• Reducing energy bills through interventions on buildings.

  • Promoting energy savings and cost-efficient behaviours.

  • Protecting energy consumers through mediation services.

  • Social measures shouldn’t counteract climate mitigation and adaptation.

  • The market price of the buildings rises in the long term – after energy efficiency renovations.

  • On-tax financing system for renovations where the energy debt is attached to the building, not the individual.

The one-stop-shop approach

One-stop-shops as physical district offices, assist the neighbours in the building renovation customer journey.

  • They offer a non-institutional space for neighbours.

  • They help increasing the awareness of homeowners for energy efficiency and energy poverty alleviation.

In the case of the OPENGELA project, District renovation had a multiplier effect where energy is not the main trigger at the start:

  • The Basque Authority’s involvement in the project, an essential factor that provided stability, vision and ambition to the project.

  • The district approach provided opportunities for higher implication of the private sector.

  • Open, accessible physical one-stop-shops multiplied the opportunities.

What can the EU do to promote the area-based approach?

Wim Hazeu (Wonen Limburg) believes that for a successful transition we need citizens to come on board. The neighbourhood level is the level from which people derive their identity. So it is exactly that level on which we, as housing providers, should interact with our tenants. We also need solidarity between income groups can be arranged at the neighbourhood level. And ultimately, a cost efficient transition is needed. Therefore we can not renovate house by house. Our aim should be to renovate district by district. Or as the European Commission formulated it in her European Green Deal Communication: we need to organize renovation into large blocks. Scale is crucial.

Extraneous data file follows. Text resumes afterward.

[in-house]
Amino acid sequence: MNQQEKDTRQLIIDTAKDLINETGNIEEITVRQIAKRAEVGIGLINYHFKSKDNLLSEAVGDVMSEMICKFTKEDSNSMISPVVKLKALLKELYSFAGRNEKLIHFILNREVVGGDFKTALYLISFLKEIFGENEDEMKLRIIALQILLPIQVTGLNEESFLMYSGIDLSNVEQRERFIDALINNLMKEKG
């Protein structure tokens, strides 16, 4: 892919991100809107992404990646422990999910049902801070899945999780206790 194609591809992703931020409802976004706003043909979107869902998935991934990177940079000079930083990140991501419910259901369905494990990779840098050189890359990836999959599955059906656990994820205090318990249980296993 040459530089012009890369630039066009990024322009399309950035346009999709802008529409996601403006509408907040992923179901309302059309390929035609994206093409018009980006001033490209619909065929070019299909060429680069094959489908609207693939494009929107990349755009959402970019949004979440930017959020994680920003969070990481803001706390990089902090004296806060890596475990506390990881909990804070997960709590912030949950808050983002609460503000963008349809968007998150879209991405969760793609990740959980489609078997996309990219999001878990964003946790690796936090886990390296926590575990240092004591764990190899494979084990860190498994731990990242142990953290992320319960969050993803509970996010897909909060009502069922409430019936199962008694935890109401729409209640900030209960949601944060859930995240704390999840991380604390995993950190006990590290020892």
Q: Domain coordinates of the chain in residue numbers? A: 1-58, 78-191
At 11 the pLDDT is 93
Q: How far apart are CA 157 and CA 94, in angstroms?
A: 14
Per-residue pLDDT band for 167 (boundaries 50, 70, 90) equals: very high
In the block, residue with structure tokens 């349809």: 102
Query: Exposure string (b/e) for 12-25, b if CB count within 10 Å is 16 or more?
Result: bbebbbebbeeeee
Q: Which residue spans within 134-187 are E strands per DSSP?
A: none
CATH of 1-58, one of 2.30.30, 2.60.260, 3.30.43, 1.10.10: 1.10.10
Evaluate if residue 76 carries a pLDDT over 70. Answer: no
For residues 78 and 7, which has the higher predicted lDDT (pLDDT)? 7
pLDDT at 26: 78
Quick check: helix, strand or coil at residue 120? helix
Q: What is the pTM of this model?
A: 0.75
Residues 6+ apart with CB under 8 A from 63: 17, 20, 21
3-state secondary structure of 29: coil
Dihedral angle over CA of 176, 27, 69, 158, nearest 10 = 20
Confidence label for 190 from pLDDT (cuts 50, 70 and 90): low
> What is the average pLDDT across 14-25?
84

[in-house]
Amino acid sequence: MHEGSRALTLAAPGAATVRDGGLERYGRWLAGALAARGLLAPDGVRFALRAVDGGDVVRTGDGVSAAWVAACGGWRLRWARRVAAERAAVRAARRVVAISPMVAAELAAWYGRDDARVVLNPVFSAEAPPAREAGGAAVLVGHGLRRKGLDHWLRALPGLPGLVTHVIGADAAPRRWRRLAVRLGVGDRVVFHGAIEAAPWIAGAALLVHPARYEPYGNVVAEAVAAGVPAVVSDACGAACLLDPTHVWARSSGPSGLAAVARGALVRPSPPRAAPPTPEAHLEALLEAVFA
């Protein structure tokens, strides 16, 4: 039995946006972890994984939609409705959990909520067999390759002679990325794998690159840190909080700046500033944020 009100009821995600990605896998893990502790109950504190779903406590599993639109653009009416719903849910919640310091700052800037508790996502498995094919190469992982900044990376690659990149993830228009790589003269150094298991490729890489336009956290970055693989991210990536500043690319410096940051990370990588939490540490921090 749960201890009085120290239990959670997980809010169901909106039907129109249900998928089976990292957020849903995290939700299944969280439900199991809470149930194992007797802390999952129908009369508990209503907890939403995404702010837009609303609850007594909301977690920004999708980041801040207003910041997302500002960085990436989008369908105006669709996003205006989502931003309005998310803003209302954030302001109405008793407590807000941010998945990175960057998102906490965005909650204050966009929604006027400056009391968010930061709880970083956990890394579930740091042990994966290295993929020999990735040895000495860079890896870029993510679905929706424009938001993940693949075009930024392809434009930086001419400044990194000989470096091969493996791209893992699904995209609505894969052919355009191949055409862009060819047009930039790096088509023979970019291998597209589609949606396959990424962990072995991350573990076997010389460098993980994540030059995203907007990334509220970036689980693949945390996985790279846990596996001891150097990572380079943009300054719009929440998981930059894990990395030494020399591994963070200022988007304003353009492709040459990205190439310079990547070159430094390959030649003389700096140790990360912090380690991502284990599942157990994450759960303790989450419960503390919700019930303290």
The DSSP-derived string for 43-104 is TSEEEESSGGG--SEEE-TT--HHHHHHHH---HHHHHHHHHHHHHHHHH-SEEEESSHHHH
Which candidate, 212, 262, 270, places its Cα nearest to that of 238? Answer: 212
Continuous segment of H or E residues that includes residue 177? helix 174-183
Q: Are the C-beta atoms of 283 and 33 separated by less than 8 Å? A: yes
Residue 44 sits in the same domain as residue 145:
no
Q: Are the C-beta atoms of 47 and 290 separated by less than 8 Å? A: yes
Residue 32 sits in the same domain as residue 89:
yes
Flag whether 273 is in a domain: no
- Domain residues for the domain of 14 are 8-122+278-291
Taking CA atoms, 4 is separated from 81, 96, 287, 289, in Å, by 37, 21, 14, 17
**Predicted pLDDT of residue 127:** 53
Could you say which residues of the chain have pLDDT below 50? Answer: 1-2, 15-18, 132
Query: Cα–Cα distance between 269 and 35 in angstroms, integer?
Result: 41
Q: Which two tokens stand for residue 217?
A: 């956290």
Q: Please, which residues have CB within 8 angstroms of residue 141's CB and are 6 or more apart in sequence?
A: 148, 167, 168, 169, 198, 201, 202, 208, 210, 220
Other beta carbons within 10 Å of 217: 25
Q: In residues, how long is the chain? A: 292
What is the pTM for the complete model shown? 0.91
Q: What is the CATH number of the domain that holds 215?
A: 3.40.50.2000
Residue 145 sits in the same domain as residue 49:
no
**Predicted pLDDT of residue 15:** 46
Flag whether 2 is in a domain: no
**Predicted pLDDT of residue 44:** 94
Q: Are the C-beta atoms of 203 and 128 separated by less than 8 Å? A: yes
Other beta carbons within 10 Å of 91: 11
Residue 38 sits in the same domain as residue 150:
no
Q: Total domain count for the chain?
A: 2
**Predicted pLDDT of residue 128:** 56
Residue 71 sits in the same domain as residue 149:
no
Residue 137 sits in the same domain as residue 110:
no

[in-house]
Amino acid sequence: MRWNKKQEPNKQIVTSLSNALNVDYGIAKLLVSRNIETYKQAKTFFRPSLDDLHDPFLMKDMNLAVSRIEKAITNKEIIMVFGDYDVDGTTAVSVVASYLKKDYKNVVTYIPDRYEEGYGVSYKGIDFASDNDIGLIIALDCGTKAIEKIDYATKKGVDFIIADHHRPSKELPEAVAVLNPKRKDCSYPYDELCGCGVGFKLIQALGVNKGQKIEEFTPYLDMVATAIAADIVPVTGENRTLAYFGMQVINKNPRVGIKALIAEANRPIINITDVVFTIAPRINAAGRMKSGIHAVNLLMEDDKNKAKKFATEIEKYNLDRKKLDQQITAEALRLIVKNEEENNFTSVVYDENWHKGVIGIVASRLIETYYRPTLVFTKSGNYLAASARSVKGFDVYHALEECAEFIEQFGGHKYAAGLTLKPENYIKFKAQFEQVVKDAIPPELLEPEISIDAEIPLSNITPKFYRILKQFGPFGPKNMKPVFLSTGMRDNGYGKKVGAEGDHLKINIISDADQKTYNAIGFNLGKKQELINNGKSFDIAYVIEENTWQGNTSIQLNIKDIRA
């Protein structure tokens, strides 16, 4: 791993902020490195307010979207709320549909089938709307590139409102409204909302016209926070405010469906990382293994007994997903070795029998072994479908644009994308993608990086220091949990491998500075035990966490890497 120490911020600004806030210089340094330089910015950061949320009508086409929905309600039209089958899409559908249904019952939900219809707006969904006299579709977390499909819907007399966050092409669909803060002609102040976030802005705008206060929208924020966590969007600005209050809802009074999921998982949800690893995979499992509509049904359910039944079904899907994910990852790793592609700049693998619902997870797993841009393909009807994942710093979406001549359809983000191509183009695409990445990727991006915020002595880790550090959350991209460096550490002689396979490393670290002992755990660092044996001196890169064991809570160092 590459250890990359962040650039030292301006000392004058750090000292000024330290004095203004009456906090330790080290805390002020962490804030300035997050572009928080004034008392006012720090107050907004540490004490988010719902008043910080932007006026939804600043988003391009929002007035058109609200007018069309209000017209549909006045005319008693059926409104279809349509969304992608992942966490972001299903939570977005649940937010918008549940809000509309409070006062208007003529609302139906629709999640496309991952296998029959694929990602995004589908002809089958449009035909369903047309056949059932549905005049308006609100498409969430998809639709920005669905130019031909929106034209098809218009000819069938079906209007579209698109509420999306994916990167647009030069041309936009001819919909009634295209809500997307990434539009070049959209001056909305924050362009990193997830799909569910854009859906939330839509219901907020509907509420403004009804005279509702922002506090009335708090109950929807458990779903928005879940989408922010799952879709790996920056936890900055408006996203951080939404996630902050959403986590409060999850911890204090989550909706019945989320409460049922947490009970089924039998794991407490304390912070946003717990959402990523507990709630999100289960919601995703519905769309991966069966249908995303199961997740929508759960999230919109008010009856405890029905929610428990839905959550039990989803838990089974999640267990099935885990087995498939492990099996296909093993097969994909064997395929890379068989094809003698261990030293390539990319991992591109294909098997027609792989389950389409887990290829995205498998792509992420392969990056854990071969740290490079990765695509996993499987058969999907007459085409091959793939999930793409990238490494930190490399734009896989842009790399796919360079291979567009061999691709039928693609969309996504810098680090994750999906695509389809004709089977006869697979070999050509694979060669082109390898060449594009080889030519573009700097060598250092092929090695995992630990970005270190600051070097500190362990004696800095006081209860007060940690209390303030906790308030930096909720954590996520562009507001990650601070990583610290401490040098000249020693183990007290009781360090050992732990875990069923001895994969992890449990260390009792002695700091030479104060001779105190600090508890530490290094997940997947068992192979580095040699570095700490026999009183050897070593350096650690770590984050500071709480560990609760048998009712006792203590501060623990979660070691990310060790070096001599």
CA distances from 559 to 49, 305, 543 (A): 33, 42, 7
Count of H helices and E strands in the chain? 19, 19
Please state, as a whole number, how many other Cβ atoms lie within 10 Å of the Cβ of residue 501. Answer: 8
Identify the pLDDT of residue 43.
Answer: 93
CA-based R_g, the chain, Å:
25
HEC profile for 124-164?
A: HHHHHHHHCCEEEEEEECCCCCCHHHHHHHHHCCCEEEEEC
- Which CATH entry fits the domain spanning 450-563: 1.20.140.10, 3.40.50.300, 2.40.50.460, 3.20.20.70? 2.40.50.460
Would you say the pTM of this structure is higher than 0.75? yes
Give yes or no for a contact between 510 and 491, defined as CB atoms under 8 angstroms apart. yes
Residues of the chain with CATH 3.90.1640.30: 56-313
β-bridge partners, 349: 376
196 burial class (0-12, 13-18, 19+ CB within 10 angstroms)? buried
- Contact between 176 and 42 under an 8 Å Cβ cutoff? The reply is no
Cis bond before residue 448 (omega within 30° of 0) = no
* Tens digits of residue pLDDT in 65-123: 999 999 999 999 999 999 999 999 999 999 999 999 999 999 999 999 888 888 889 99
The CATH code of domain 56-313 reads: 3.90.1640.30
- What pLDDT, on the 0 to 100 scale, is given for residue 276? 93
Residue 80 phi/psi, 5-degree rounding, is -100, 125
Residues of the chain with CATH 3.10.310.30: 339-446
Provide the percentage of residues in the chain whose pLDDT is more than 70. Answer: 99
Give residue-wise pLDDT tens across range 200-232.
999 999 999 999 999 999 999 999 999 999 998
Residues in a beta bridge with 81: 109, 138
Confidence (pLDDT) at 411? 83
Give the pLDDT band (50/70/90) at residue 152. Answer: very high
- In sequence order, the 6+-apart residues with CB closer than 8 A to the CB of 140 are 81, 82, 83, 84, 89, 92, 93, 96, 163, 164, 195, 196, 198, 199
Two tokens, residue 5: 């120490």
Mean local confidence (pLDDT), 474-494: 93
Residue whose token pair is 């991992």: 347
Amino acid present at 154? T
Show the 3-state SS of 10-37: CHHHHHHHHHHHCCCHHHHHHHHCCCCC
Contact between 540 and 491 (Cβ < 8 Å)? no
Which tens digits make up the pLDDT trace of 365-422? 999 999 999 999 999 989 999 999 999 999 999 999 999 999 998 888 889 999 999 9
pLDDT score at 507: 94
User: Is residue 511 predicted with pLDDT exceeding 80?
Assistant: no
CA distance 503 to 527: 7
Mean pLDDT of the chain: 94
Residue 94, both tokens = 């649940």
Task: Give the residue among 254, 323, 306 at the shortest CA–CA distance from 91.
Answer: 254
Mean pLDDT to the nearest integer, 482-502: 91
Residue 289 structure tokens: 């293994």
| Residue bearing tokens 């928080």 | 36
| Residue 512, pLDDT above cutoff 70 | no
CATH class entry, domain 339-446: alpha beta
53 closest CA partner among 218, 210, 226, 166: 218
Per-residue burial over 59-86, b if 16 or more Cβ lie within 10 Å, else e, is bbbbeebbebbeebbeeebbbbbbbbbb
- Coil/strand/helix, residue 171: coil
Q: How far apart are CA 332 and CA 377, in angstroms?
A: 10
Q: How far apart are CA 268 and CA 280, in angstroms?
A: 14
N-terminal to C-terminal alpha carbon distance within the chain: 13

Charles Roarty (Energy Action Ireland) emphasised that communities are crucial to delivering the right results: when they are empowered and consulted, the right solution is chosen. Renovation has to be visible to get significant buy in, therefore, people need to be empowered by the renovation wave.

The technologies that we use need to be controllable by people who not have the skills to manage the controls of a building: for this the figure of a building manager is needed. People need to be empowered. Not only provided with smart technology.

According to him, the focus of the renovation work should be on the renovation of existing private buildings, currently left behind by member states. Instead, the focus is on new construction and public buildings.

Our way forward

First, the Climate Act should facilitate new platforms that Member States need to establish collaboration and dialogue between energy suppliers, social providers and the construction sector. Second, trusted and neutral spaces for tenants to bring down energy costs and improve living conditions are essential. Finally, quality insurance, quality renovation at a fast pace without interfering on the lives of individuals coupled with bringing down the costs by expanding the scale.

For more details on the outcomes of the event check this report.